Leatherback Turtles Revisted
During the months of July and August, I and a select group of adventurers from Mexico, Australia, Germany, England, France, Spain, Singapore and the United States visited the nesting beaches of the Pacific Leatherback Sea Turtles (Dermochelys Coriacea), in very remote Papua Barat, Indonesia.
My initial visits and exposure to these “Gentle Giants of the Pacific” was a year previously in a far different manner than these just concluded trips…
Fuji to Announce S5 DSLR on Sept. 25th
According to Nikon camera pundit Thom Hogan, Fujifilm will announce their new S5 DSLR camera on September 25th. The camera is said to be based on the Nikon D200 platform, with a new Fuji SR sensor (high dynamic range). Fuji’s cameras have been lauded for their excellent image quality, however have lost popularity with underwater photographers because of the S3’s “clunky” design and slow performance. Only time will tell if the S5 will reverse the trend.
Adobe releases Camera Raw 3.5, updates DNG Converter
Yesterday, Adobe announced new versions of Camera Raw and DNG Converter. Camera Raw 3.5 supports more than 125 different cameras, and for the first time is also available as a Universal Binary for Intel-based Macintosh computers. The free Adobe DNG Converter, which translates all Photoshop-supported raw photo formats into the universal .DNG file format, gives photographers a single unified file format for archiving raw files.
Red One video camera hearsay
There has been some recent forum activity about the Red One (Oakley founder Jim Jannard’s futuristic new video camera). Many posts are of the “I heard from a friend whose sister told me xxx” variety, but the topic is worth reading simply because the camera looks so cool. If it ends up delivering video accurate to its specifications, RED Digital Cinema is really going to really shake up the professional HD video market.
Although, if someone pointed a housed Red One at me underwater, I’d sort of expect to be blasted out of existence.
Sea & Sea announces new products
Sea & Sea officially announced the release of the YS-110 strobe, a Nikon D80 housing, and a Sony HDR-HC3/DCR-DVD505/HDR-UX1 video housing.
The YS-110 features a land guide number of 22, a 105° x 105° beam angle, Sea & Sea’s DS-TTL, and as much as 320 flashes from NiMH AA batteries, while the new housings feature a depth rating of 200ft (60m) and a built-in leak sensor.
To learn more, check out the Sea & Sea press releases:
PBS Special Tonight - National Marine Sanctuaries
On September 20th and 27th, PBS is airing a feature about National Marine Sanctuaries. Please tune in to your local PBS station at 8 p.m. (check your local listings) to see “America’s Underwater Treasures”. During the two evenings, all 14 sites will be featured. In addition, KQED has officially launched the sanctuary guide portion of their website to coincide with the airing of the program. On the website, you’ll find information on all of the sites in the National Marine Sanctuary System as well as information on the many issues facing these marine protected areas.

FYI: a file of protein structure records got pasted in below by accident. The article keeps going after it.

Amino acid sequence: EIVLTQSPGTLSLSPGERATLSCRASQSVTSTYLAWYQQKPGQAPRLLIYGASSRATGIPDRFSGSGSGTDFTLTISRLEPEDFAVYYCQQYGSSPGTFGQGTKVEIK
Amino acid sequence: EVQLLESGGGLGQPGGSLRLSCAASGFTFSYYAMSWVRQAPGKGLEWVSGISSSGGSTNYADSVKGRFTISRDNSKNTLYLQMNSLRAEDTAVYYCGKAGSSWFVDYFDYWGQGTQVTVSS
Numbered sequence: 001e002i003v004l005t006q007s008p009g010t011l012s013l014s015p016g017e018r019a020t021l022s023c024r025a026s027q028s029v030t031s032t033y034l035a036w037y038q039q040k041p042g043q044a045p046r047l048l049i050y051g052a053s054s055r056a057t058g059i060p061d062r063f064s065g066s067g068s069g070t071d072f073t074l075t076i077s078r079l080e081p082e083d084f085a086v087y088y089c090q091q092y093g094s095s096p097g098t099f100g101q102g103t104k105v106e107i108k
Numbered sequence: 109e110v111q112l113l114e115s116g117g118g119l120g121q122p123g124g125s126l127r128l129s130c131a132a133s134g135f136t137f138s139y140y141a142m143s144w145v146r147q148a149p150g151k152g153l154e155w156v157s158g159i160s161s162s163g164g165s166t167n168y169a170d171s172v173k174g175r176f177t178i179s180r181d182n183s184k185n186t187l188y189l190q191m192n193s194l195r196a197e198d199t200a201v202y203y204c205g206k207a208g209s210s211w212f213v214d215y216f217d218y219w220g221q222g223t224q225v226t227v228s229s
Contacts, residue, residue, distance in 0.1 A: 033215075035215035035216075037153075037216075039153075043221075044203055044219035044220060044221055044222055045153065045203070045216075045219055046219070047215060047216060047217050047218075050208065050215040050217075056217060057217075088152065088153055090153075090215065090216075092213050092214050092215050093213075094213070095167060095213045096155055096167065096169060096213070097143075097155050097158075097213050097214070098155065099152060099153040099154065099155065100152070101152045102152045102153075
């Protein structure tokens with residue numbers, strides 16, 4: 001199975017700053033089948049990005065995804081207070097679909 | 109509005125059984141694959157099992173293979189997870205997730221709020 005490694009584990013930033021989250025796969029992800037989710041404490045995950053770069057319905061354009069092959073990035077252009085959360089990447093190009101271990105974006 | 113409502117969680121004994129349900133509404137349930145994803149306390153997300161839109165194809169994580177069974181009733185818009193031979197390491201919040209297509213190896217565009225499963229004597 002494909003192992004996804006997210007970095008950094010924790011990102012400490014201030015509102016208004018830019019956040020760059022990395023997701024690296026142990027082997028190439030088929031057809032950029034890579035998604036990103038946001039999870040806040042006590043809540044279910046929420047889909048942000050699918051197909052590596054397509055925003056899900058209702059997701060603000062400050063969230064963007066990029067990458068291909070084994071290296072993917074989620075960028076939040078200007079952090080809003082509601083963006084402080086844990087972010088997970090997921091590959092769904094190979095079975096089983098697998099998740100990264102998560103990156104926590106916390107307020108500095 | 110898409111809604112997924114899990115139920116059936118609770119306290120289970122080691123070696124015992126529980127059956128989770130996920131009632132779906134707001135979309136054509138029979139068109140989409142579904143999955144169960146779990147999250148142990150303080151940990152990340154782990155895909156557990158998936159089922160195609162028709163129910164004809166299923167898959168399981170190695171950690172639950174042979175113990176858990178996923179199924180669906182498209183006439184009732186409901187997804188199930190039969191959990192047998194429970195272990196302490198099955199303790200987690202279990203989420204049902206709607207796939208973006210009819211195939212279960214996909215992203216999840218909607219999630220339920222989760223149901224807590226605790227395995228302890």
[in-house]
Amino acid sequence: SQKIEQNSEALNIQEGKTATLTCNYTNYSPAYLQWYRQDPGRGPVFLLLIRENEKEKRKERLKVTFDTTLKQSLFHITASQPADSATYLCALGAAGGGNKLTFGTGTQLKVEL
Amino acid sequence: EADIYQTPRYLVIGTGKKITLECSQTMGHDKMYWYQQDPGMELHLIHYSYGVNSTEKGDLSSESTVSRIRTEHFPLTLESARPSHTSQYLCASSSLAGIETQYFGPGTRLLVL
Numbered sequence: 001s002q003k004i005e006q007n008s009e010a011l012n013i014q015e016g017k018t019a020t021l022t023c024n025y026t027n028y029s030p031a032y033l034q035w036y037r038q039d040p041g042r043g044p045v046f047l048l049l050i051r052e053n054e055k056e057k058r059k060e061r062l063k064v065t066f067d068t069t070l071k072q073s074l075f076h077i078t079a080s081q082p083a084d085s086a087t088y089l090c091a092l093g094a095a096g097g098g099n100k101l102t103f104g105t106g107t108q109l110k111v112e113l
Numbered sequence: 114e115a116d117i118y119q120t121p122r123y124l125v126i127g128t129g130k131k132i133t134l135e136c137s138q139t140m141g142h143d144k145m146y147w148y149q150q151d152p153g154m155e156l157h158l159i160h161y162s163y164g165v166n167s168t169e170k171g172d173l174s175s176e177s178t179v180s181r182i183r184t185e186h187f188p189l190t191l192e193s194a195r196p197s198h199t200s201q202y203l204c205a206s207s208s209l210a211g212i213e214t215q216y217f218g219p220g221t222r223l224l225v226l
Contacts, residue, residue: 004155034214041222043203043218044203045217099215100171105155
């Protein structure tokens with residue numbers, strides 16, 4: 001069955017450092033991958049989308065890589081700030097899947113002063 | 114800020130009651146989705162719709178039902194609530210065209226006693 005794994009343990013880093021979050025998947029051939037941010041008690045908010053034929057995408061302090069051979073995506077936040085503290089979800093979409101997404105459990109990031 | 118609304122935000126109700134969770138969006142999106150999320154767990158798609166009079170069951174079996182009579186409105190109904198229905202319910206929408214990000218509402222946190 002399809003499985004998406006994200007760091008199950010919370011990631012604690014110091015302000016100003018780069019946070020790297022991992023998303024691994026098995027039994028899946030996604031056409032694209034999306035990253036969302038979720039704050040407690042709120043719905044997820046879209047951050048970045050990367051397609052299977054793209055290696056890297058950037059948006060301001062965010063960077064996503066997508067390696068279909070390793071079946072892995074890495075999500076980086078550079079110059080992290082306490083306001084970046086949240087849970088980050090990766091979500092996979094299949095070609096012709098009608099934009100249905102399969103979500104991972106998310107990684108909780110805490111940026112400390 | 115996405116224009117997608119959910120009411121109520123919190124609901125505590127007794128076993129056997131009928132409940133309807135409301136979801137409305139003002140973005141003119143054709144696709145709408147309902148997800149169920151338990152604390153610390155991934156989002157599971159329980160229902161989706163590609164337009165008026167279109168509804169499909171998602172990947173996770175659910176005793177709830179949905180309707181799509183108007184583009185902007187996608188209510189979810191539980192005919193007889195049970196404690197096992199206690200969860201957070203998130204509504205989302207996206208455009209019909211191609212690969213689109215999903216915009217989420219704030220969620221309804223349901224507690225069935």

Adobe Photoshop CS2’s Bridge and Camera Raw Defaults
Adobe Photoshop CS2 is a staple application in pretty much every modern photographer’s arsenal. Unfortunately, it ships with a crippling RAW conversion default whose fix should be the first thing you do upon its installation.
I frequently see underwater photographers load up Bridge and look at their images with disappointment in their eyes. “Why is the water so ... light? I could have sworn I had underexposed for The Blue!” The fix is simple…
Photography: Is it art or is it reality?
Two weeks ago, Wetpixel member John Bantin started an interesting topic in our forums. “Is it art or is it reality?”:
We learned about Photoshop and started to retouch away all those annoying grolleys that were in the water. Then mooring lines and divers inconveniently placed magically disappeared. With the skills so practised, I am now able to go back to the 500,000 snaps (no exaggeration) I have in filing cabinets and resurrect any that I care to….
However, this does mean that all my pictures are getting stylized (just like everyone else’s). I fear that they no longer represent the truth. I am not talking about exhibition or competition pictures. I am talking about the pictures that go into Diving magazines. Are they misleading in their new-found perfection?
What do you think? Is this new digital art misrepresenting reality? The camera never used to lie!
The thread has since attracted over 80 replies, and is well worth reading, if you are struggling with balancing photography as art and photography as reality.
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